Bhutan will be hosting in 2010 the South Asian association for regional cooperation (SAARC) summit for the first time since the regional body was created in 1985.
“It will greatly enhance Bhutan’s international image as a sovereign, independent, responsible and equal member country,” said the prime minister Lyonchhoen Jigmi Y Thinley.This will be the first time that Bhutan will hold a conference where 8 heads of governments from Bhutan, India, Bangladesh, Sri Lanka, Nepal, Pakistan, Afghanistan and Maldives will be attending.
Bhutan had skipped the opportunity to host the SAARC summit three times on the ground of the country’s infrastructure. The summit will be in Thimphu with the currently proposed dates being from April 28 to 29, 2010.
“We are now prepared in terms of the administration, infrastructure and the foreign ministry being ready to host the summit,” said the Lyonchhoen.
The summit is also important for Bhutan since it is actually obligatory for each member state to host the summit. The 2010 summit was actually Maldives’s turn to host.
He said that the meeting would also allow for bilateral meetings with all the leaders of various countries, including India.
On his meeting with the Indian prime minister and other heads of state during the summit, he said, “We will discuss all matters of mutual interest, bilateral matters, relation, review, appraise each other of global and regional issues.”
He said that the summit would promote good neighbourly relations among SAARC countries, as different countries could meet and discuss.
“It is also like a coming of age for Bhutan,” said the prime minister. He said the leaders would be visiting a country that had successfully and peacefully made a transition to democracy inspired by His Majesty the King.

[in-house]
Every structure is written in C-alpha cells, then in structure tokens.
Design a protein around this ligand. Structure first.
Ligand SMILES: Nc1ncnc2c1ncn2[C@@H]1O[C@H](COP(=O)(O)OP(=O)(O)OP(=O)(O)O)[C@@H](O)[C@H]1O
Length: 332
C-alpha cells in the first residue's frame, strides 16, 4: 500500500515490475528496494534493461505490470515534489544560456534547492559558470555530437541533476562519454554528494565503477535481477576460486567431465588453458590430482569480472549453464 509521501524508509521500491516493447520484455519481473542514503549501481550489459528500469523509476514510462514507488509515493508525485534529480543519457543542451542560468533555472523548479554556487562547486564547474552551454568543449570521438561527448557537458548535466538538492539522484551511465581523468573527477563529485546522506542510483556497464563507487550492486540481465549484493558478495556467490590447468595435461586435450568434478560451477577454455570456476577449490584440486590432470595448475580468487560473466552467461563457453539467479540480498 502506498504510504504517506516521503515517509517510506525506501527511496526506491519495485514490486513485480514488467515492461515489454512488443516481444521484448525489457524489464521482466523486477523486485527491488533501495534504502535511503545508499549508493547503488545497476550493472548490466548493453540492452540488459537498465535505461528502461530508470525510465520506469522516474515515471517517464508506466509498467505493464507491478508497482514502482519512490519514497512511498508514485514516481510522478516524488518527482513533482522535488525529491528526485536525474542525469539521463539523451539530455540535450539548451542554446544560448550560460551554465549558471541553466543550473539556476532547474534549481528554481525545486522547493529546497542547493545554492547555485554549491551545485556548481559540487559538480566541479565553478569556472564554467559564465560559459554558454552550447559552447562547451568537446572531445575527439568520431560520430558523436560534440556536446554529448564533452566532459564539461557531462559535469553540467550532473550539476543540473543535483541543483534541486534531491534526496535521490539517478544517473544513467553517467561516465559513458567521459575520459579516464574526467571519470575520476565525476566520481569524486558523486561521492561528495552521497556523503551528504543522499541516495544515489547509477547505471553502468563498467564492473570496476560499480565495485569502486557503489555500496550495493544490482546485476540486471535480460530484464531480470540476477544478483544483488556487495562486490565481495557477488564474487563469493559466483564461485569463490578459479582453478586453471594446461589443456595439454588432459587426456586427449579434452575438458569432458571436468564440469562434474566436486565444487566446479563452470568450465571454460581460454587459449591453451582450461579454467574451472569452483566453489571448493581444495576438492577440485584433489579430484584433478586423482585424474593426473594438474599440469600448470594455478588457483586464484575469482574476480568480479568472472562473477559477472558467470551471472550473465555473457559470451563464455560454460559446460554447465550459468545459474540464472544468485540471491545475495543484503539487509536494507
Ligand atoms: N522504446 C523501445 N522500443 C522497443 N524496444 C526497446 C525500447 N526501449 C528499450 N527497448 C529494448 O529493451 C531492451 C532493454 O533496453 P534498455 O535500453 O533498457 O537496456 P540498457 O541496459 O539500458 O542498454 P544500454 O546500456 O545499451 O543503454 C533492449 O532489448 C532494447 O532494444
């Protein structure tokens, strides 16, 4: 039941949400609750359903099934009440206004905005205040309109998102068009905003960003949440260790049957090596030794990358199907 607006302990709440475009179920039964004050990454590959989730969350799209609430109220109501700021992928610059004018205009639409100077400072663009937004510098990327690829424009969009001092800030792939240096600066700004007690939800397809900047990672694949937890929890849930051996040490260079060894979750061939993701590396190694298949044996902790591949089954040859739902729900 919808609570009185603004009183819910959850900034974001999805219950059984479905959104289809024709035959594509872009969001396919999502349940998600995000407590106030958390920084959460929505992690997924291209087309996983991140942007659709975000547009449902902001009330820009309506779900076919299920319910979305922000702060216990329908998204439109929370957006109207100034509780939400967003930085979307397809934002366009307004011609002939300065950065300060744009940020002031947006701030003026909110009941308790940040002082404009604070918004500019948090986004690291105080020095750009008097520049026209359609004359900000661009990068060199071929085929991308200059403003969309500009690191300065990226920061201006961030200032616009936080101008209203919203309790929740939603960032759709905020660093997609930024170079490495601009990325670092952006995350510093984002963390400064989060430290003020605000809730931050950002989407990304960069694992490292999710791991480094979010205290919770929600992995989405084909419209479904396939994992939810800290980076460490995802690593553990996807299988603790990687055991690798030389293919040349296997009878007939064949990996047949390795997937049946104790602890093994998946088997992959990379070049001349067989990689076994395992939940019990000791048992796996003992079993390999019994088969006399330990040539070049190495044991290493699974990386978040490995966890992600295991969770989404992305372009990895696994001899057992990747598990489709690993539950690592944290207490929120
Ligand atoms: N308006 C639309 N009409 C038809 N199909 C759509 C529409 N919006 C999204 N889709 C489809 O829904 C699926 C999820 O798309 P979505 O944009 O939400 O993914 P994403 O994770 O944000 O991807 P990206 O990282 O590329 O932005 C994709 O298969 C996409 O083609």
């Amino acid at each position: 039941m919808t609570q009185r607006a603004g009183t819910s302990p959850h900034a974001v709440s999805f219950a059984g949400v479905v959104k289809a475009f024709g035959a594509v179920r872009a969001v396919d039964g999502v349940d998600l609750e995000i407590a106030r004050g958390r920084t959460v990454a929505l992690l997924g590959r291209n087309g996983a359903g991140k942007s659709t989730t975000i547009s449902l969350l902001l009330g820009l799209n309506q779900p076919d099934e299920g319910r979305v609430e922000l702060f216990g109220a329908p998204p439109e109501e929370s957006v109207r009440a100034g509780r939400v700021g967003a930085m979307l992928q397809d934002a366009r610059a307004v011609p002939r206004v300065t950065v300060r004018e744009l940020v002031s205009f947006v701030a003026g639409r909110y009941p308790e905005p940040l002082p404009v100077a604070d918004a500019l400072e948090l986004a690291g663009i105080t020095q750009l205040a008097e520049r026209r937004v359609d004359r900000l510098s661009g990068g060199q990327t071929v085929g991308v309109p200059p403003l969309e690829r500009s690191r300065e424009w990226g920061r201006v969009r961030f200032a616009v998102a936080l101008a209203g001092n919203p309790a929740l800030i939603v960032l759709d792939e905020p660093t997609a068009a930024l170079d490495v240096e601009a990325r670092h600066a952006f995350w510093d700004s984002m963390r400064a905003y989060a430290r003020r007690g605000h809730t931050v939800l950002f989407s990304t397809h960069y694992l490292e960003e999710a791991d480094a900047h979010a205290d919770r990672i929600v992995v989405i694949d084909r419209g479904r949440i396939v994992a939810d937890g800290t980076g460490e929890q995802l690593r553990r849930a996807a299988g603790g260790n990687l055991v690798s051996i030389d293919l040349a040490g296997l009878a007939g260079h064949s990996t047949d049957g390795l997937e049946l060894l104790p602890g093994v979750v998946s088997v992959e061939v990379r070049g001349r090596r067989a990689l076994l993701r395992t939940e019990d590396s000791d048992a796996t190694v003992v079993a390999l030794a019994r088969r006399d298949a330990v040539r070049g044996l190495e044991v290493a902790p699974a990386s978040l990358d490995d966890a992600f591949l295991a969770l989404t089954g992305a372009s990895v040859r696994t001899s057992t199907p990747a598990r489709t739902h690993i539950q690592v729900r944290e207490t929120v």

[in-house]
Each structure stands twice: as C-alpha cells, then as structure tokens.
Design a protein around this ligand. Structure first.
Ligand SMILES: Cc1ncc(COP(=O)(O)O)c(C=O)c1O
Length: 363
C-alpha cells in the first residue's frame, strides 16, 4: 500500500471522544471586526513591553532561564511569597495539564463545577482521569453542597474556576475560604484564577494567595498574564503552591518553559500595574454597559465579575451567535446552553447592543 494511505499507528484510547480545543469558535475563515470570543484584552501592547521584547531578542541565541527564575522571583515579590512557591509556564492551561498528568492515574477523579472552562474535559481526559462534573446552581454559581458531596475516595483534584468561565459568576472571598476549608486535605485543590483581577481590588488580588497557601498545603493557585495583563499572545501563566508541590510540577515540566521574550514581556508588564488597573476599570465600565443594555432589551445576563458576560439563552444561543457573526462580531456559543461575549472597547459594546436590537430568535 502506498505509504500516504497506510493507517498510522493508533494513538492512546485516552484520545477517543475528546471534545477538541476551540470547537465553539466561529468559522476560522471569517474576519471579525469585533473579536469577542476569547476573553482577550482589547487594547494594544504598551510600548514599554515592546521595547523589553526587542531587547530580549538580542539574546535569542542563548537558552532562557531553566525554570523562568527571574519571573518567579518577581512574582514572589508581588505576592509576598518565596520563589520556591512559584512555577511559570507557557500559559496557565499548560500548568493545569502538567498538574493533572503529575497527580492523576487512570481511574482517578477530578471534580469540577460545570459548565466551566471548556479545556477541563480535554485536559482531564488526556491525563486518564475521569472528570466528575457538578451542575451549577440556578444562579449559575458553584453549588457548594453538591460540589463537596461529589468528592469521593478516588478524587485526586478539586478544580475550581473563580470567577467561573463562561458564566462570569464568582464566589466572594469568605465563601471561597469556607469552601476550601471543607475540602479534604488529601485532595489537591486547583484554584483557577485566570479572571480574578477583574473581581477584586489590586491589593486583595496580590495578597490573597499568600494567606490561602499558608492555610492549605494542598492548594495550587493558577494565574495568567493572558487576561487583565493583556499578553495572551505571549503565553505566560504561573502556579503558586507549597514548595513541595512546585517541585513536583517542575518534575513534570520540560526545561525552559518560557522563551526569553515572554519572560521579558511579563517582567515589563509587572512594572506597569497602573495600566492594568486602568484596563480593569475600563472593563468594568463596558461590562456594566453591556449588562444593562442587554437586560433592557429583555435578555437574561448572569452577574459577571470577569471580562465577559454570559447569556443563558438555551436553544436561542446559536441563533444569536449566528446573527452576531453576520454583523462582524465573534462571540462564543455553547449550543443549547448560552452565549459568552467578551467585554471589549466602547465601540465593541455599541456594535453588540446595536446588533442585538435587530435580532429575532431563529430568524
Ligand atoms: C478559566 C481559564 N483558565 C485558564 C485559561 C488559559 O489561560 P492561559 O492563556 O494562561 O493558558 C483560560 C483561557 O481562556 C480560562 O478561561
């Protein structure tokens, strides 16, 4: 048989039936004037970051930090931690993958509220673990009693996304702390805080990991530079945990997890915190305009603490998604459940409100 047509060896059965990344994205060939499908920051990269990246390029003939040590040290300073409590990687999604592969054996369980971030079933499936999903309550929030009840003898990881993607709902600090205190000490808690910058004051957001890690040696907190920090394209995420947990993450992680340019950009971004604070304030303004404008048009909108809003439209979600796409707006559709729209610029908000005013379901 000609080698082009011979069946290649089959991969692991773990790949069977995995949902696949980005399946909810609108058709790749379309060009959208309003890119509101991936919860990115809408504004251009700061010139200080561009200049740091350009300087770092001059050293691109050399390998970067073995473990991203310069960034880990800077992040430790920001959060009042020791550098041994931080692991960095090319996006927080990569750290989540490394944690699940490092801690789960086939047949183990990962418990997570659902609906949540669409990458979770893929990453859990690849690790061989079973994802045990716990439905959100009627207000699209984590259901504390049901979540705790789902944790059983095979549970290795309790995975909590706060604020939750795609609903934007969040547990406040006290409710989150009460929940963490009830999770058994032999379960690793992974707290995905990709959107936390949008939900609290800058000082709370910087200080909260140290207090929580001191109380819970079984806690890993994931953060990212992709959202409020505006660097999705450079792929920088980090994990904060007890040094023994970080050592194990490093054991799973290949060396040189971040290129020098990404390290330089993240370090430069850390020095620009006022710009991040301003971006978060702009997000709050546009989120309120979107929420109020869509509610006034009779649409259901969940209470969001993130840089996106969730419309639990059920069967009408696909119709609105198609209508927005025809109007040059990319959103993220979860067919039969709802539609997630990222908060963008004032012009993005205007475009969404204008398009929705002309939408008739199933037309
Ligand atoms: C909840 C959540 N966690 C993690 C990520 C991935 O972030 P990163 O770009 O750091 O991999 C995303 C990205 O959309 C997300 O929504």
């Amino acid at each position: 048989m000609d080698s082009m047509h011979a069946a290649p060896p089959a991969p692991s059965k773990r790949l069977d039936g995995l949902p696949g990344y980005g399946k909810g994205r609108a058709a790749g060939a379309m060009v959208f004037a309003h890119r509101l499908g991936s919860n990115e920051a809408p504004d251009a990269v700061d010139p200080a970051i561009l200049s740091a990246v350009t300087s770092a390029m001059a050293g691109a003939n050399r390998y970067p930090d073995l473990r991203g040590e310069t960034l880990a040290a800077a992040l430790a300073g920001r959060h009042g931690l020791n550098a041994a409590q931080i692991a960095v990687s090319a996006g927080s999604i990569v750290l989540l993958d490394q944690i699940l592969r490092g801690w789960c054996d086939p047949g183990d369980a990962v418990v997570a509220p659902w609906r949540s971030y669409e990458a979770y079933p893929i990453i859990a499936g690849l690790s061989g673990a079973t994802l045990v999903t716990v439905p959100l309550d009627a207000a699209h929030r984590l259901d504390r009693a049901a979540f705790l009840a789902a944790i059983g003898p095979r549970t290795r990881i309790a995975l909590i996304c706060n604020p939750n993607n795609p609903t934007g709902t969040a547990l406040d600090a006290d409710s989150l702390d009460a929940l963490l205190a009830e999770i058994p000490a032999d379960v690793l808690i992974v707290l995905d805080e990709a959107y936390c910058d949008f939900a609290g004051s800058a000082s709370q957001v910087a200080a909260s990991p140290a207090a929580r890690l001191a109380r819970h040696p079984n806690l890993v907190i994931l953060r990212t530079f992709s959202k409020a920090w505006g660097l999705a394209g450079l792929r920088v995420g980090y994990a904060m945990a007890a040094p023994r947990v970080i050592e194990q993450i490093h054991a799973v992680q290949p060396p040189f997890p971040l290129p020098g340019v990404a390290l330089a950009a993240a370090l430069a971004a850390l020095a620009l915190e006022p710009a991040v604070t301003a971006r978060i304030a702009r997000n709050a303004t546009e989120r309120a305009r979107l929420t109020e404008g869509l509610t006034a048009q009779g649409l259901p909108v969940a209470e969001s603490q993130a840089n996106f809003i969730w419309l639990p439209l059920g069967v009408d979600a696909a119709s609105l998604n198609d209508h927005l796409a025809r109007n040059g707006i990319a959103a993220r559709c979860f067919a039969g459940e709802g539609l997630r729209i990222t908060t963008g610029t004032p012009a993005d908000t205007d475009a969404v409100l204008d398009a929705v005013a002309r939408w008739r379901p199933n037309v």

By Tenzing Lamsang (Kuenselonline)
Adding to an already rich biodiversity are 21 new species of amphibian, insects and an equal mixture of both flowering and non-flowering plants discovered in Bhutan.
These have been clubbed in a book, “The Eastern Himalayas: where the world collides,” launched by WWF on August 10. Also included in the discovery list are 7 species of grass root parasite, commonly called lousewort, and a unique frog species, Scutiger bhutanensis.
A total of 353 new species have been discovered in the eastern Himalayas – the whole of Bhutan, parts of India and Nepal – from 1998 to 2008, that amounts to an average of 35 new species every year. The list includes 244 plants, 16 amphibians, 16 reptiles, 14 fish, 2 birds, 2 mammals and about 60 new invertebrates.
Although the book boasts of the new discovery as a result of the richness of bio-diversity in the eastern Himalayas, it pointed out that these species were threatened by forest destruction, shifting cultivation, illegal poaching, pollution and poorly planned infrastructure. Continue reading Bhutan’s rich biodiversity just got richer
By Tim Girivin (www.girvin.com)
I recently toured Bhutan. And it was a long-held dream for me. Some 40 years earlier, in teaching classes on design, calligraphy and illustration to support tuition in college, I referenced some imagery from Bhutan in our exploration of design strategy. The idea of the power of writing, in prayer wheels, as a device of spiritual magnitude was part of that study – the wheel turns, the prayers unfold, visions emanate, dreams emerge, answers are found. There is profound power in that concept – and I’ll never forget that time, nor my firsthand experience of seeing this in Bhutan, finally, after all these years.